Many of the stocks change classification at each semi-annual rebalancing. Turnover in the Growth and Value Indices has averaged about 20% per year since 1975, reflecting both changes in the composition of the S&P 500 and changes in the relative price-to-book ratios of the companies in the 500 at the semi-annual index rebalancing dates.
Comparative Analysis [Return to Top]
Statistical data on the Standard & Poor's 500 Index are closely followed by analysts and investors. Using this data, individual company stocks can be compared against their industry peers and against the market as a whole. Three key S&P 500 data items frequently used by professionals are earnings/expected earnings, P/E ratios, and dividend yields. These three indicators provide important clues for investors trying to determine a fair price for a new stock issue. They also are used in statistical screens designed to identify overpriced or undervalued issues.
Earnings are universally recognized as the single most important factor in valuing a company. A company's past earnings growth rates and their stability help to determine the future earnings power of that company. The future earnings power of a company, in turn, is the theoretical basis for a company's current stock price. Determining the future earnings for companies is an extremely important, yet highly subjective, calculation. Consequently, the earnings calculation on the S&P 500 is of great interest to investment professionals. The actual values, both current and historical, are heavily analyzed.
Standard & Poor's uses primary earnings from continuing operations, excluding the results of discontinued operations and extraordinary items, to calculate the earnings per share on the S&P 500 Index. Nonrecurring pre-tax gains and losses are included in the calculation. The earnings numbers on the S&P 500 are reported on a per share basis using indexed numbers.
Earnings data for the Standard & Poor's 500 companies are gathered by the S&P Index Products Group directly from company publications. The aggregate earnings number for the S&P 500, and for each major industry sector as well as for each individual industry group, is determined and divided by its respective Index Divisor. The result is indexed data that can be used on a comparable basis.
Standard & Poor's publishes two types of earnings data on the index. Annual data, based on the timing of each Index company's fiscal year, are published annually in the Analyst's Handbook. Quarterly data, based on quarterly earnings per share recorded during each calendar quarter, are published on a monthly basis in the Analyst's Handbook Supplements. The annual Analyst's Handbook earnings per share calculation uses May 31 as its cutoff date. For all companies with a fiscal year ending during the first five months of the year, S&P used their 1993 earnings per share in the calculation of the 1993 S&P 500 earnings-per-share index number. For companies with fiscal years ending during the last seven months of the year, S&P used their 1992 earnings per share values in the calculation of the 1993 S&P 500 earnings-per-share index number.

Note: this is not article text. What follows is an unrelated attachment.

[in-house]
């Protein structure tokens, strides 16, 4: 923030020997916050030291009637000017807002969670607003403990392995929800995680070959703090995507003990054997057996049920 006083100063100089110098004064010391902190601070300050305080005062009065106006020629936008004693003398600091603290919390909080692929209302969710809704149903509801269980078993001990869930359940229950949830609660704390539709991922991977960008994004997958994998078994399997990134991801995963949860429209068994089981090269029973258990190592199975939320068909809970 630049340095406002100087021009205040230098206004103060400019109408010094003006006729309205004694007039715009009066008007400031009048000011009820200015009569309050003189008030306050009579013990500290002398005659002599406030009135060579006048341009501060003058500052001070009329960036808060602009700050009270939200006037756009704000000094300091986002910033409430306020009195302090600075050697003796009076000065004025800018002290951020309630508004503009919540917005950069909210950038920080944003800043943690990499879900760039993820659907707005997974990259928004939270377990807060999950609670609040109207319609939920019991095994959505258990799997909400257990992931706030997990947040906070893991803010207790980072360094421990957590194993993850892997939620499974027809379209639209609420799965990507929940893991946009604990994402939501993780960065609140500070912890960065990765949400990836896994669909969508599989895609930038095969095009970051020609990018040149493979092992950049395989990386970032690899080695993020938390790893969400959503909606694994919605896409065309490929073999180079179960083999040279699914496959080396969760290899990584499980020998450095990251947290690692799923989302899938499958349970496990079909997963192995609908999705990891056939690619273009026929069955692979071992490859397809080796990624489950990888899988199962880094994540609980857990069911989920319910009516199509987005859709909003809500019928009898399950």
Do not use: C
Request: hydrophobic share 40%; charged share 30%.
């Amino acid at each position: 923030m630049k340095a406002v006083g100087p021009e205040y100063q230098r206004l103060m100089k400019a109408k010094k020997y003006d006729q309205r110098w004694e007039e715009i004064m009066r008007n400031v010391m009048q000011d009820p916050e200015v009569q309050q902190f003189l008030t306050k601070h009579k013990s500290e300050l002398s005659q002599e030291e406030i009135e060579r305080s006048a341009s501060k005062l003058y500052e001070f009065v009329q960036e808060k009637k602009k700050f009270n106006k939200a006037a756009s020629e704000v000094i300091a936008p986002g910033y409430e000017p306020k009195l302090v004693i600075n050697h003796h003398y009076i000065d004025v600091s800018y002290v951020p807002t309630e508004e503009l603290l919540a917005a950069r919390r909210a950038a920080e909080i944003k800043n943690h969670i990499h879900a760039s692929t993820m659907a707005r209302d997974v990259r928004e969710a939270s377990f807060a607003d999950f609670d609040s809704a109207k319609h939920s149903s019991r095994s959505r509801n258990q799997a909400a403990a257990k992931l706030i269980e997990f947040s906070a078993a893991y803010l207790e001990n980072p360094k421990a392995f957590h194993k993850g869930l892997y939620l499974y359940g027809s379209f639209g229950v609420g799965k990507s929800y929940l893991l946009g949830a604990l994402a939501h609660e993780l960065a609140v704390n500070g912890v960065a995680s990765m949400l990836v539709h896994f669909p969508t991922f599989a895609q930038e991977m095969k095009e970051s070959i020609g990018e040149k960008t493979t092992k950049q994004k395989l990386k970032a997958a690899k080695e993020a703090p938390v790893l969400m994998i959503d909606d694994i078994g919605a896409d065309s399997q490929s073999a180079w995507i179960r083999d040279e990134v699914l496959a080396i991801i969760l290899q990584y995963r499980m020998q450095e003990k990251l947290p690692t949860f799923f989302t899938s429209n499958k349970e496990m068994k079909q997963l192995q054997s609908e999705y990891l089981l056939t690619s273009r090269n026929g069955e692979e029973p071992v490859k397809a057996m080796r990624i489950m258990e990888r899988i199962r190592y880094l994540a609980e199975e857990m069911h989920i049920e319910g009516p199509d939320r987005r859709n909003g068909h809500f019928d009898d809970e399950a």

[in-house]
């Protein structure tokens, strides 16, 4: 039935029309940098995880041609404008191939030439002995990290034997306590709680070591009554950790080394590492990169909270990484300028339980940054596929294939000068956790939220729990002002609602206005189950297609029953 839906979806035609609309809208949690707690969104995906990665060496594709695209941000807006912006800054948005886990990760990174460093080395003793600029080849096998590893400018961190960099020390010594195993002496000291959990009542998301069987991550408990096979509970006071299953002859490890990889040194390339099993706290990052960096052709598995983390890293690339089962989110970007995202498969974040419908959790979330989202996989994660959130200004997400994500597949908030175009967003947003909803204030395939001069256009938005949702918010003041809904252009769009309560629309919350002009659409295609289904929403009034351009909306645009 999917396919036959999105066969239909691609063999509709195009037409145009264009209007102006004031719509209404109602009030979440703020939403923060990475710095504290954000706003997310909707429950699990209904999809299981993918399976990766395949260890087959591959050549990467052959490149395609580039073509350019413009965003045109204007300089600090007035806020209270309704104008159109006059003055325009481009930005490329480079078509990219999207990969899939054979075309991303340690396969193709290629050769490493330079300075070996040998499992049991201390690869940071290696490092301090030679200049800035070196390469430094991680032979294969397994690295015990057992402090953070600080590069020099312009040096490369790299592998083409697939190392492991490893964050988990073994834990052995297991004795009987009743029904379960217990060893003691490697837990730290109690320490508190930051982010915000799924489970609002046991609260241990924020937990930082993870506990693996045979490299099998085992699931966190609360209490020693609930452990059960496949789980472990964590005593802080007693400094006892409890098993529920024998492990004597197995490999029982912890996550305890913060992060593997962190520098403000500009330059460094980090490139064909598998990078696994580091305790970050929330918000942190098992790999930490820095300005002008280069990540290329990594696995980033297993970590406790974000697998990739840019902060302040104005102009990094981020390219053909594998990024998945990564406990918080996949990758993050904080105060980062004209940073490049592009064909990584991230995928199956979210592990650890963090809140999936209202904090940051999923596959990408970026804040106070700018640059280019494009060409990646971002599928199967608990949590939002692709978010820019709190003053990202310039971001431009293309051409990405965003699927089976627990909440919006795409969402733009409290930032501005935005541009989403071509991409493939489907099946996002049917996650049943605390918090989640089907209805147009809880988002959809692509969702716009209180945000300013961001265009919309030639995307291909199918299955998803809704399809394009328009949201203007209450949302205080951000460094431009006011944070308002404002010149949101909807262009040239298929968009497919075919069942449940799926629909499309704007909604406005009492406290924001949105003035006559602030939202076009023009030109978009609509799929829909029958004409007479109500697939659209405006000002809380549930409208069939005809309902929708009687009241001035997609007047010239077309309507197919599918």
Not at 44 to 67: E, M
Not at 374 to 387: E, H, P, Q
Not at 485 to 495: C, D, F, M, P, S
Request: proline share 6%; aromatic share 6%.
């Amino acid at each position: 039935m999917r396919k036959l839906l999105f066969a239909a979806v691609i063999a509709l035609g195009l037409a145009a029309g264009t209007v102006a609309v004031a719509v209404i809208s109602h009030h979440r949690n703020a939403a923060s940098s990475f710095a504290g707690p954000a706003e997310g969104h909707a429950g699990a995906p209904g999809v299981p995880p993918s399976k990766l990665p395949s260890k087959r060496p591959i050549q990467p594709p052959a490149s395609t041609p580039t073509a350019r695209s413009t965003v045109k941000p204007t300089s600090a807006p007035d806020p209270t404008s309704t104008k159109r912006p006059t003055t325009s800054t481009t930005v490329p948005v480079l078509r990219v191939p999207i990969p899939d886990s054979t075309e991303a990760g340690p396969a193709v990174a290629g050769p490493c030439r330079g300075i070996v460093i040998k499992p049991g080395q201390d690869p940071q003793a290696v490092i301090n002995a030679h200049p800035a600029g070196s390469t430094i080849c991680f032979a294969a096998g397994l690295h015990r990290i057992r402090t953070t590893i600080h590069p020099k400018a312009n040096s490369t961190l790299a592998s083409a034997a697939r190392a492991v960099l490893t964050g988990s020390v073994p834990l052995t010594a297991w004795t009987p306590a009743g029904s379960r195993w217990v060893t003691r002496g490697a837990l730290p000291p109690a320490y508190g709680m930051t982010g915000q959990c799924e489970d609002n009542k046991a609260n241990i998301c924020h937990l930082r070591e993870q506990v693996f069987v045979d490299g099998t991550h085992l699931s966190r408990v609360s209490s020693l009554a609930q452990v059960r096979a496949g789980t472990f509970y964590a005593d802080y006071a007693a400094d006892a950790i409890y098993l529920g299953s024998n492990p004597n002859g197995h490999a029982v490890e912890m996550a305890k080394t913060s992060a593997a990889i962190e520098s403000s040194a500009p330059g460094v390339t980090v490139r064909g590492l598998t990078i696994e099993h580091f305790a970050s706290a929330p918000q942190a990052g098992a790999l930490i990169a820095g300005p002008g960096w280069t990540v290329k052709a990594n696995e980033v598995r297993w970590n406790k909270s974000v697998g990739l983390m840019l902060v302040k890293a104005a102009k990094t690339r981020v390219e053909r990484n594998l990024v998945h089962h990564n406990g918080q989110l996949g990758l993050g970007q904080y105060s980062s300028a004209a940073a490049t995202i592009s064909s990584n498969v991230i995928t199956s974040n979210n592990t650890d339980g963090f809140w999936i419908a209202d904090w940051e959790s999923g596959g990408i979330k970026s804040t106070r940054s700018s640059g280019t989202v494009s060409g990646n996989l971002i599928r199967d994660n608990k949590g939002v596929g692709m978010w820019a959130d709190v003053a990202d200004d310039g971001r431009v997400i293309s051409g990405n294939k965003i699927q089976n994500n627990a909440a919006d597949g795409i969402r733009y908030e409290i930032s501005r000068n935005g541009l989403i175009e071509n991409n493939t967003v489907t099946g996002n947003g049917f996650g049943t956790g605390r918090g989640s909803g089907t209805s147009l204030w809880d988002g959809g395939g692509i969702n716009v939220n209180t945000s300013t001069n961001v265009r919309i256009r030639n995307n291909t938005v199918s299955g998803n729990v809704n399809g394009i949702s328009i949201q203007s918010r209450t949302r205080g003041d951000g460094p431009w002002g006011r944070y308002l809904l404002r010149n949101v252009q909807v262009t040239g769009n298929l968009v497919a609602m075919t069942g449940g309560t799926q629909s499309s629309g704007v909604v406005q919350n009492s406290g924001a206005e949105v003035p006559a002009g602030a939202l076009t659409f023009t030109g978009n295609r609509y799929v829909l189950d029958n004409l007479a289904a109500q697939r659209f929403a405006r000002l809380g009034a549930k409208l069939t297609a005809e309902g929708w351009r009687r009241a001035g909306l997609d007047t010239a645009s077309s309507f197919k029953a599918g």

Earnings estimates are based on calendar-year data and are computed in three steps: (1) S&P equity analysts estimate earnings per share for all S&P 500 Index companies. (2) Earnings estimates for each company are multiplied by each company's respective shares outstanding to calculate the total earnings number for each company. (3) Total earnings are aggregated for each individual industry group, major industry sector, and the Composite, and divided by their respective end-of-period Index Divisors.
Dividend yields are one of the most widely monitored valuation benchmarks and provide the most tangible form of total investment return. The dividend yield for the Standard & Poor's 500 is an index figure based on the indicated annual dividend rate for each stock in the Index. Historically, since World War II, dividend yields for the S&P 500 have ranged from a low of 2.63% (set in January 1994) to a high of 8.64%. Over the past 30 years, the average has been about 4%. Typically, a yield of 5% to 6% has represented an undervalued market, while a yield of 3% or less has an indicated an overvalued market. At year-end 1993, the dividend yield for the S&P 500 was 2.70%, compared with 1992's ending rate of 2.84%. The main reason for the 4.9% decline in yields in 1993 was that dividend growth did not keep pace with the growth in stock prices during the year.
During the 1990s, dividends paid by the companies in the S&P 500 grew at an annual average rate of 7%, approximately 1 percentage point higher than their long-term trend rate of growth. However, the dividend growth rate has slowed in the 1990s. It was only 1.5% in 1992 and improved minimally to 1.6% in 1993.
The price-earnings ratio (P/E) is a popular indicator used to gauge the price investors are willing to pay for each dollar of a company's earnings. The ratio is generally reported two ways: on the basis of actual 12-month trailing earnings or as a multiple of analysts' projected earnings for the current year.
During the post-war era, the actual P/E ratio of the Standard & Poor's 500 Index has been as low as seven-reached in the late 1940s and again in the 1974-81 period-and has hit a peak of nearly 23-reached in 1961. Just prior to the October 1987 crash, the P/E ratio for the S&P 500 was above 20. The P/E ratio for the S&P 500 Index at year-end 1993 was 21.31 (based on actual trailing 12-month earnings), a decline of 6.62% from the 1992 actual year-end P/ E ratio of 22.82.
Historically, a S&P 500 P/E ratio of 10 or lower has indicated an attractively valued market, while a P/E of 14-15 represented a fairly valued market, and a P/E of 20 and above signaled an overvalued market.
Other Statistical Data
S&P also calculates and publishes additional Standard & Poor's 500 industry group statistical data, indexed on a per share basis, for use in comparative analysis. Per share indexed numbers calculated for income statement items include sales, expenses, operating income, and depreciation. Balance sheet per share numbers calculated include current assets, current liabilities, and book value. These per share numbers are calculated for the major industry sectors as well as each industry group and published in the Analyst's Handbook Annual. In addition, indexed per share cash flow, earnings, dividends, tangible book value, and equity per share data for the Composite Index are calculated and published in the Analyst's Handbook Annual.